One of my favorite movies is LOVE ACTUALLY. Not only is it wonderfully feel-good, I love that it celebrates so many different kinds of love — love of a sister for a brother (though that one’s so sad) for a pop star for his manager, for a little boy for his first major crush, for a man grieving for his dead wife, the bittersweet acceptance of a wronged wife, the lusty love off a secretary for her boss — and what a boss! It goes on. . .
I struggled with my book THE AUTUMN BRIDE which comes out next week. It’s the first book in a series and for the first time in my writing career, the hero and heroine’s love story wasn’t center stage from the very beginning. I joked to my friends that for the first part of the book the love story was really between four girls and an old lady — but the truth was, I was worried.
But sometimes you have to write the book the way it needs to be written, and I loved the relationship that developed between the four destitute girls and the feisty, bedridden Lady Beatrice Davenham and hoped readers would forgive me that my gorgeous hero, Max, didn’t get much of a look-in at first.
And then the reviews came out (you can see them on my website) and it seemed that others loved seeing them interact and look after each other as much as I did. And I realized it was a bit of a LOVE ACTUALLY situation — that while we love to read about the love between a man and a woman, we also love to read about the love of friends and family, even if it’s a made-up family, created after Abby, a desperate and destitute young woman, climbs through the window of a mansion intending to steal, and finds a bedridden aristocratic old lady in almost as desperate a situation as herself.
“Have you come to kill me?” The hoarse whisper coming out of the darkness almost stopped Abby’s heart. She swung around, scanning the room, braced to flee. Nothing moved, only shadows outlined by the faint shimmer of moonlight from the windows where she’d pulled back the curtains. No sign of anyone.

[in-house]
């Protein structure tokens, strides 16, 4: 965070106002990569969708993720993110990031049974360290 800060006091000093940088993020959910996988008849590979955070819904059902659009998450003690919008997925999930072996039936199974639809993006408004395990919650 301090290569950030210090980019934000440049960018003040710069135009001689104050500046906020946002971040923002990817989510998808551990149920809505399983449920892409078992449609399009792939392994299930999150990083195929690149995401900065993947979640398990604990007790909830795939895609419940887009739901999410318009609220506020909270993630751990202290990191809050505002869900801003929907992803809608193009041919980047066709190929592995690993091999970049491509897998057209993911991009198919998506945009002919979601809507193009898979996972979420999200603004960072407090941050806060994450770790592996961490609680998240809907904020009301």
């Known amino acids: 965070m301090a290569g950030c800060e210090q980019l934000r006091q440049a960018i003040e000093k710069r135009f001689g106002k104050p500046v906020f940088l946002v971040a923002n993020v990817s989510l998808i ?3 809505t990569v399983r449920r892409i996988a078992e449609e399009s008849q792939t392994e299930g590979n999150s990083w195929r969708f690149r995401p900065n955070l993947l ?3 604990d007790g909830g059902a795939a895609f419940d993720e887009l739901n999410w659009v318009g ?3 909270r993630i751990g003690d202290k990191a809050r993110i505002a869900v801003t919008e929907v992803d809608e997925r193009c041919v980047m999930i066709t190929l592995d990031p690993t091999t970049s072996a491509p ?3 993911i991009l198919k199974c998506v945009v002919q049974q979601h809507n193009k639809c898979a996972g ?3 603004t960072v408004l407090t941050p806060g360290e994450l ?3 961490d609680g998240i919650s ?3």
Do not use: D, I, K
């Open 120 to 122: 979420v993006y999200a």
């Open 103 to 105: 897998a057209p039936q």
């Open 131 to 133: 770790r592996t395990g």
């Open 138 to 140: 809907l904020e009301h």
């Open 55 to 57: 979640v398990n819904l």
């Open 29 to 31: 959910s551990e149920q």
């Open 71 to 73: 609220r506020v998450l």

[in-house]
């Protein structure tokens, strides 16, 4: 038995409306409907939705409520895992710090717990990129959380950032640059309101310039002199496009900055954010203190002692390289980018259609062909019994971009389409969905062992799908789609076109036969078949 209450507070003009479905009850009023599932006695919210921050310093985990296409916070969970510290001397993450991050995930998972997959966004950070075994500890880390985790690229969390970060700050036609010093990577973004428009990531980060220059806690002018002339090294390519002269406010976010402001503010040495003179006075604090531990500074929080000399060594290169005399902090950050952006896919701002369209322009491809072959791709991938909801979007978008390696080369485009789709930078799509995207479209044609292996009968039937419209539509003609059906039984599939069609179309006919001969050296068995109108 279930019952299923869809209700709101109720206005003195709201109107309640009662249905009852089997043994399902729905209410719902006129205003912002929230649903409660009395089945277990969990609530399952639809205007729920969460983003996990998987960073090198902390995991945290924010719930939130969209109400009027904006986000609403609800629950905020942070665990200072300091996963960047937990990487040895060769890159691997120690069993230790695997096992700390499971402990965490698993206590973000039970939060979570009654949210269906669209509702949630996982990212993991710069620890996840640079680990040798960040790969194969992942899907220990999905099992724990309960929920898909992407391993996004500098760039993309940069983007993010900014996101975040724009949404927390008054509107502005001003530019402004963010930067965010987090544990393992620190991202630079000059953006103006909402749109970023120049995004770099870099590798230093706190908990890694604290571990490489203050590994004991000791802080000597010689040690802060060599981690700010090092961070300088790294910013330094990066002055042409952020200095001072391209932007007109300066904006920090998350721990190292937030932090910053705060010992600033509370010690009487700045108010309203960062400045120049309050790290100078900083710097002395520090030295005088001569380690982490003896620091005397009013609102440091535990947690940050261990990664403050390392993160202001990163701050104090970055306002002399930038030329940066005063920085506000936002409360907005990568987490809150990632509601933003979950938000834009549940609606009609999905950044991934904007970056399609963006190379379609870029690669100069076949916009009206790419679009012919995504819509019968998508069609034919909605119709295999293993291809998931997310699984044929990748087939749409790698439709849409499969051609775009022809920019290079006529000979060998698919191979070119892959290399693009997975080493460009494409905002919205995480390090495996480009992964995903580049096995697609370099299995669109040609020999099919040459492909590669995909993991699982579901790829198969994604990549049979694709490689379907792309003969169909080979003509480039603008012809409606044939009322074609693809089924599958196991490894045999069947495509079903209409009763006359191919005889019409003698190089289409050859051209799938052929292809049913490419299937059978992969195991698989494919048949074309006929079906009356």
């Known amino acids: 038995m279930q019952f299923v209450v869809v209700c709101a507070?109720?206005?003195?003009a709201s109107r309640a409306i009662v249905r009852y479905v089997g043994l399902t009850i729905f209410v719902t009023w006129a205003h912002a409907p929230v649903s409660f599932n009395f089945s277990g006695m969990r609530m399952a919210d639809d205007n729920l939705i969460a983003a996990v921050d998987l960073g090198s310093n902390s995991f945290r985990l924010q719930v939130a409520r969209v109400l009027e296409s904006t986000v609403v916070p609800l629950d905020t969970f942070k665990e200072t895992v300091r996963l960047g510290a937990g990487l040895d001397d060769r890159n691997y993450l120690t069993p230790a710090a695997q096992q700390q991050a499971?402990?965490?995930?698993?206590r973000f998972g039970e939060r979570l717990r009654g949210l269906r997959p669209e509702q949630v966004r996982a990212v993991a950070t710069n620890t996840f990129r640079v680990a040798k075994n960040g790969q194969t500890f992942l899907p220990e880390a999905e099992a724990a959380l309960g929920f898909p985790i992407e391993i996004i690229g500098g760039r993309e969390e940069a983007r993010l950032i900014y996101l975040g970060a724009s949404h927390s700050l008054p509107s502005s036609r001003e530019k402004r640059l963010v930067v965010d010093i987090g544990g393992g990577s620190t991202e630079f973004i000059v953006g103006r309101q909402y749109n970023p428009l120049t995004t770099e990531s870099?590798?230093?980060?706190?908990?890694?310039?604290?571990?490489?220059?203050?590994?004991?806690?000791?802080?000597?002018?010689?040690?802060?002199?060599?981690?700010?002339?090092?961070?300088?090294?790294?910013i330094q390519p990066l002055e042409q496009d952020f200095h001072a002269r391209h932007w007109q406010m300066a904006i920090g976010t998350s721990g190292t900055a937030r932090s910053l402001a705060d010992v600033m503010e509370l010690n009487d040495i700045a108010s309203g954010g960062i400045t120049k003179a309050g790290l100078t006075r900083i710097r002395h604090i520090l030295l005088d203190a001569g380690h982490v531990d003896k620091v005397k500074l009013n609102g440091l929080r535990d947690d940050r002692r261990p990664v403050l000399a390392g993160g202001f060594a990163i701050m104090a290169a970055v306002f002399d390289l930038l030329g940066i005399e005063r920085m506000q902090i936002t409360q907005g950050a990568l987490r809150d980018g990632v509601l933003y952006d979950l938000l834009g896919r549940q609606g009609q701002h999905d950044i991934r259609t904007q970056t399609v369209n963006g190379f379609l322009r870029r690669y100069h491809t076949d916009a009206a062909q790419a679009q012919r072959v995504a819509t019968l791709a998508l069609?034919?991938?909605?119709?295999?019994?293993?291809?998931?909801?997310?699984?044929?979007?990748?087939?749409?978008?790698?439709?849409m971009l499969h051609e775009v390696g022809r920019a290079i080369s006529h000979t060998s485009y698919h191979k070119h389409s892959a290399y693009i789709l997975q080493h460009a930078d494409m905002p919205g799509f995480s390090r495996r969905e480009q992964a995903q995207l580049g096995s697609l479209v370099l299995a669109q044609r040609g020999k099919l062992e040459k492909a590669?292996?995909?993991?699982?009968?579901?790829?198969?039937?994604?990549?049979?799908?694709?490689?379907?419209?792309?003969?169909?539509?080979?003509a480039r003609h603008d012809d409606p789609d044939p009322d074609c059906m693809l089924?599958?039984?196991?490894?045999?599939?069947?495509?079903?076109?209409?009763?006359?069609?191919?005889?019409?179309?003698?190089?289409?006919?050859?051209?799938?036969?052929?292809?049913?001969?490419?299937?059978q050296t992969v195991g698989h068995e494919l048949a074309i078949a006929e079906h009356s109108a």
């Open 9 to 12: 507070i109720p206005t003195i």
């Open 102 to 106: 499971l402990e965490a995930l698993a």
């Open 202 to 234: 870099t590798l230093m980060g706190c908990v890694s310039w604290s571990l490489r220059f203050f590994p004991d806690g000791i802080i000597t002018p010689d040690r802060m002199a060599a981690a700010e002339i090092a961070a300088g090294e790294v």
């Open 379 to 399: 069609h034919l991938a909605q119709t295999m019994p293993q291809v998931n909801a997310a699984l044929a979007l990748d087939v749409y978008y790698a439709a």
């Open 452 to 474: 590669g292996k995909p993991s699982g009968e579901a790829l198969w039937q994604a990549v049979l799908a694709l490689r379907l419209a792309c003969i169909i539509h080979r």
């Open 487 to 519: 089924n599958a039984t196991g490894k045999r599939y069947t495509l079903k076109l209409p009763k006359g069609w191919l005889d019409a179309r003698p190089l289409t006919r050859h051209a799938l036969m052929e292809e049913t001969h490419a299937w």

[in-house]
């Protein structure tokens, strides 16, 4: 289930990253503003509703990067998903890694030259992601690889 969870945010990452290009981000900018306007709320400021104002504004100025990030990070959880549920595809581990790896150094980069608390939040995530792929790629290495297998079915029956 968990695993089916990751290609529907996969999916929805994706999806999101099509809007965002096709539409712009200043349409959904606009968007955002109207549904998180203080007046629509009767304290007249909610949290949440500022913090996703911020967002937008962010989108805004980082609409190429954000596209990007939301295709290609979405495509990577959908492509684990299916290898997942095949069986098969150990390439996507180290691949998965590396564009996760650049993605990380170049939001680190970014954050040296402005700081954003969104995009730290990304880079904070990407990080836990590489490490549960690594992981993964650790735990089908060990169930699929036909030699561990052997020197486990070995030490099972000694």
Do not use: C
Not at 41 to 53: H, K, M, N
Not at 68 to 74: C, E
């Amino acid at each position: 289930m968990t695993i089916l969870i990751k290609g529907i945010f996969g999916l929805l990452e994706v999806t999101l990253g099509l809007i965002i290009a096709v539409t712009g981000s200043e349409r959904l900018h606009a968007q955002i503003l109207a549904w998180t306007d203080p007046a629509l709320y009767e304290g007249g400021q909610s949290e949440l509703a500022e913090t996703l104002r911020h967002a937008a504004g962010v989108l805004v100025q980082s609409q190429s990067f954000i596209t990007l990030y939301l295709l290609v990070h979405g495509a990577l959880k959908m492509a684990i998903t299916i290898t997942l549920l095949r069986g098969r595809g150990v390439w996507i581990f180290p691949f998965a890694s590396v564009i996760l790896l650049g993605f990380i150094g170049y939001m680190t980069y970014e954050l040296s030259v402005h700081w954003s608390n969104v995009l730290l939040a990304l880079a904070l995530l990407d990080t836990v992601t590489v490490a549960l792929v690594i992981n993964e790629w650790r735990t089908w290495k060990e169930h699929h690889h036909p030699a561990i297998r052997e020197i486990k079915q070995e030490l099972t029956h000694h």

“I said, have you come to kill me?” It came from the bed. Sounding more irritated than frightened.
“No, of course not!” Abby whispered back. She tiptoed closer to the bed, straining her eyes in the darkness. What she’d taken for a bundle of clothes piled on the bed was an old woman lying awkwardly, fallen between her pillows, her bedclothes rumpled in a twist.
“You’re a gel. Wearing breeches, but I can still tell you’re a gel.”
“Yes.” Abby waited. If the woman screamed or tried to raise the alarm she’d dive out of the window. It was risky, but better than being hanged or transported.
“You’re not here to kill me?”
Abby blinked. “Pity?”
So what can four destitute girls do to help an old lady who’s helpless in the hands of her neglectful servants?
Why, pretend to be her long-lost nieces, of course, take over the house, sack the dreadful servants and take care of the feisty old lady. She’s delighted, and happily claims them as her nieces. Then her autocratic nephew arrives back from the Orient, and demands to know who these impostors are.